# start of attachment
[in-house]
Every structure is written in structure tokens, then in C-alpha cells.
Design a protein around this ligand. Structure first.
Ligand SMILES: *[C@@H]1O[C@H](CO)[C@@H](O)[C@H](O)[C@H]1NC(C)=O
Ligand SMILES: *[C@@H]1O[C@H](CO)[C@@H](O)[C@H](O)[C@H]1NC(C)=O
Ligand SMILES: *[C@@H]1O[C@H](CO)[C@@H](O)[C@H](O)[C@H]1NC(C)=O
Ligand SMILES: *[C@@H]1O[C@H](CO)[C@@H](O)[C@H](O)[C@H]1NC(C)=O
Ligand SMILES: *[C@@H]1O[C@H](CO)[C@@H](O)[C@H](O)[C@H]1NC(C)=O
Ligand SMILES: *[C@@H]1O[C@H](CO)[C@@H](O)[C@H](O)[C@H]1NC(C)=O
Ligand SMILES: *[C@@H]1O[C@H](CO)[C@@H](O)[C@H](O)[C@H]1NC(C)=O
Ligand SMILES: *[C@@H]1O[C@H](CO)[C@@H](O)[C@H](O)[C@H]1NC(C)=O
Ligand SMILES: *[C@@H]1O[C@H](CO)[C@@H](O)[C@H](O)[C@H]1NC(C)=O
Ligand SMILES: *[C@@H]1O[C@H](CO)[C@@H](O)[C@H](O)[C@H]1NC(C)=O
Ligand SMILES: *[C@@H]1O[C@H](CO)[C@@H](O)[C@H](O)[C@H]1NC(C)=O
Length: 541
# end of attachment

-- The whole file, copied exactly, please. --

[in-house]
Every structure is written in structure tokens, then in C-alpha cells.
Design a protein around this ligand. Structure first.
Ligand SMILES: *[C@@H]1O[C@H](CO)[C@@H](O)[C@H](O)[C@H]1NC(C)=O
Ligand SMILES: *[C@@H]1O[C@H](CO)[C@@H](O)[C@H](O)[C@H]1NC(C)=O
Ligand SMILES: *[C@@H]1O[C@H](CO)[C@@H](O)[C@H](O)[C@H]1NC(C)=O
Ligand SMILES: *[C@@H]1O[C@H](CO)[C@@H](O)[C@H](O)[C@H]1NC(C)=O
Ligand SMILES: *[C@@H]1O[C@H](CO)[C@@H](O)[C@H](O)[C@H]1NC(C)=O
Ligand SMILES: *[C@@H]1O[C@H](CO)[C@@H](O)[C@H](O)[C@H]1NC(C)=O
Ligand SMILES: *[C@@H]1O[C@H](CO)[C@@H](O)[C@H](O)[C@H]1NC(C)=O
Ligand SMILES: *[C@@H]1O[C@H](CO)[C@@H](O)[C@H](O)[C@H]1NC(C)=O
Ligand SMILES: *[C@@H]1O[C@H](CO)[C@@H](O)[C@H](O)[C@H]1NC(C)=O
Ligand SMILES: *[C@@H]1O[C@H](CO)[C@@H](O)[C@H](O)[C@H]1NC(C)=O
Ligand SMILES: *[C@@H]1O[C@H](CO)[C@@H](O)[C@H](O)[C@H]1NC(C)=O
Length: 541